Greg Stone, director of the Coastal Studies Institute at LSU, made some interesting discoveries about Hurricane Ivan's effects on certain barrier islands. Since 1995, Stone said, the northeastern Gulf of Mexico has taken several severe hurricane hits, most notable of which were Opal in 1995 and Ivan in September, 2004. "Remarkably, the Florida Panhandle and Alabama coasts experienced little to no beach erosion for a decade and a half prior to the landfall of Opal," he said. Studies conducted by institute researchers have monitored some of the worst-impacted areas for more than 10 years and captured the full effects of Ivan and Opal. Their work detailed the recovery process after Opal and the response of barrier islands to Ivan. Stone said they discovered that, while Ivan was a slightly more powerful storm than Opal, the geological response along the coasts was nearly identical in both instances. Although both storms caused severe beach erosion, he said, much of that sand was pushed across the islands as massive deposits protruding into adjacent bays by several hundred feet. Stone's research showed that while both hurricanes were major, actual sand loss from the barriers was minimal.
According to Stone, National Geographic's television arm is producing a documentary on disasters around the world and representatives will be coming to LSU's campus in the coming months to find out more about hurricanes along the Northern Gulf Coast.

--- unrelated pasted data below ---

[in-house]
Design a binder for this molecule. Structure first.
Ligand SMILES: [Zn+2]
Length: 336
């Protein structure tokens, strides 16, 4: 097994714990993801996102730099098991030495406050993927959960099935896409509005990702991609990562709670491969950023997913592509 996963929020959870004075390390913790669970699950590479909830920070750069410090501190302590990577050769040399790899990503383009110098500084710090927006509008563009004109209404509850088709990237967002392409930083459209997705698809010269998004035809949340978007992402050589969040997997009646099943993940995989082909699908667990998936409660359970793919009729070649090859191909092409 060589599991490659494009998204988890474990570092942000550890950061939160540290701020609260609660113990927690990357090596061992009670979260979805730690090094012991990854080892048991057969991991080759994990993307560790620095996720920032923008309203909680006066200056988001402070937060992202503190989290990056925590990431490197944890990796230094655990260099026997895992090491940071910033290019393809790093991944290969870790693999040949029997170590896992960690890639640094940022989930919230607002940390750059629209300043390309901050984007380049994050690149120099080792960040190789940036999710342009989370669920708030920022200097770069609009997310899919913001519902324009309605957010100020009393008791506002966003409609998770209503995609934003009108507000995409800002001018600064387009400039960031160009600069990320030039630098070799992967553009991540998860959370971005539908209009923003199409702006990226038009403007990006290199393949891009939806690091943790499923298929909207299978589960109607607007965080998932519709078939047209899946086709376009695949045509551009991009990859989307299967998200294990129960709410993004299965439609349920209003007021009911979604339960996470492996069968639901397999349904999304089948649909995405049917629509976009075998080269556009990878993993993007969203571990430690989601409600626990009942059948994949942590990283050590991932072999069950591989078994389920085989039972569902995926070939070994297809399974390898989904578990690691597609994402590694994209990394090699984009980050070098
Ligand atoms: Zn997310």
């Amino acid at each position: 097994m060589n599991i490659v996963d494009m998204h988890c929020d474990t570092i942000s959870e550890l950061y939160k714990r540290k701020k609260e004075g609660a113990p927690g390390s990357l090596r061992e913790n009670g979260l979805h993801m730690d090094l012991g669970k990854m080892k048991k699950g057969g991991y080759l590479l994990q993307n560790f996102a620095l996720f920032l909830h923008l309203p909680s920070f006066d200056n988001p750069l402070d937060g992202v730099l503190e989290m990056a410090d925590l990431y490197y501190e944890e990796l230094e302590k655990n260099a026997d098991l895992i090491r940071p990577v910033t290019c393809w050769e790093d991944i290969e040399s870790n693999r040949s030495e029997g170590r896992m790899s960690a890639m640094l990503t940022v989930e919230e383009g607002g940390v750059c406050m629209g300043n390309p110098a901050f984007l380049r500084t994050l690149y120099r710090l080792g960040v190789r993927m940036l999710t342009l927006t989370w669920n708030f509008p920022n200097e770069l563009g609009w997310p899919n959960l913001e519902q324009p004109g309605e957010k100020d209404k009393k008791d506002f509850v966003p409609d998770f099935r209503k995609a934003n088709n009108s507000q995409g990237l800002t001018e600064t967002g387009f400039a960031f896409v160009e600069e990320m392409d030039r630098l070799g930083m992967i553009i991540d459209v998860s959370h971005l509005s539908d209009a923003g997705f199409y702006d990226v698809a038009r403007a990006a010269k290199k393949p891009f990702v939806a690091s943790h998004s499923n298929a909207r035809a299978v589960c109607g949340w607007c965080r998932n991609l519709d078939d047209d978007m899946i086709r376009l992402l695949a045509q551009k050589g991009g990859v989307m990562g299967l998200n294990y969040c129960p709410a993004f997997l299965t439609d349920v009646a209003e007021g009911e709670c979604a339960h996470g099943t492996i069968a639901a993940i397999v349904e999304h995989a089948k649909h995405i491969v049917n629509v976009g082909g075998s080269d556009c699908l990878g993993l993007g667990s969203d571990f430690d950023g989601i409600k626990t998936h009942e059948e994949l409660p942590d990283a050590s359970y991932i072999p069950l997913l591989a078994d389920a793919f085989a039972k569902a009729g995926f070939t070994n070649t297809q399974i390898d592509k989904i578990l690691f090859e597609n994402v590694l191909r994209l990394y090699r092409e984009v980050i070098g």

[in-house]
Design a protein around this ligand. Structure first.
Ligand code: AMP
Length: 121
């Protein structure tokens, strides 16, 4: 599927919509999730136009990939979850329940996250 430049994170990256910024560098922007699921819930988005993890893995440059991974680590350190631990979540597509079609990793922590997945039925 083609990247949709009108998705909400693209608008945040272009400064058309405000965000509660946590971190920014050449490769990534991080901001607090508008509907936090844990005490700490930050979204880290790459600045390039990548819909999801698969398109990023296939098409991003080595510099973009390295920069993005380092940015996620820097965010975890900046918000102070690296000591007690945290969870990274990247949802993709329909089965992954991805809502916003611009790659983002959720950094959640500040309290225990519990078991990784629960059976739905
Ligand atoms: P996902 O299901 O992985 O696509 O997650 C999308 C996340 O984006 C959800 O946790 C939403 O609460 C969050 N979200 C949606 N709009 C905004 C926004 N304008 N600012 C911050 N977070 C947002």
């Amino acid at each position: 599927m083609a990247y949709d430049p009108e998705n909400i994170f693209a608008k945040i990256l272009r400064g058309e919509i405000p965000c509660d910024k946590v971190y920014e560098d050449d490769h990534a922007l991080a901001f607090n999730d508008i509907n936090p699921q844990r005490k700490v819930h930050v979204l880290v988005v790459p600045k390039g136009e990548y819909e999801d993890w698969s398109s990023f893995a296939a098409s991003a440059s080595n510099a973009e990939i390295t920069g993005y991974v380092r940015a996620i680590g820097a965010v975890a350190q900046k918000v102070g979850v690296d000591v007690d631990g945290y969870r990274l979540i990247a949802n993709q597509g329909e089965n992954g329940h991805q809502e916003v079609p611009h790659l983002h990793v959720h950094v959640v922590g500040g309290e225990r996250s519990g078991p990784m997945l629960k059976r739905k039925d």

Ivor van Heerden, director of LSU's Center for the Study of Public Health Impacts of Hurricanes, and researchers from the center were involved in a number of different aspects of hurricane preparedness during the 2004 season. Under contract from the Louisiana Office of Emergency Preparedness and the Federal Emergency Management Agency, they helped develop a hurricane scenario for the "Hurricane Pam Exercise." This 10-day event involved a large number of parish, state and federal agencies in the development of a plan of how to respond if a major hurricane flooded New Orleans. Center researchers were assigned to different teams, van Heerden said, so that each could enrich the team's effort with their expertise.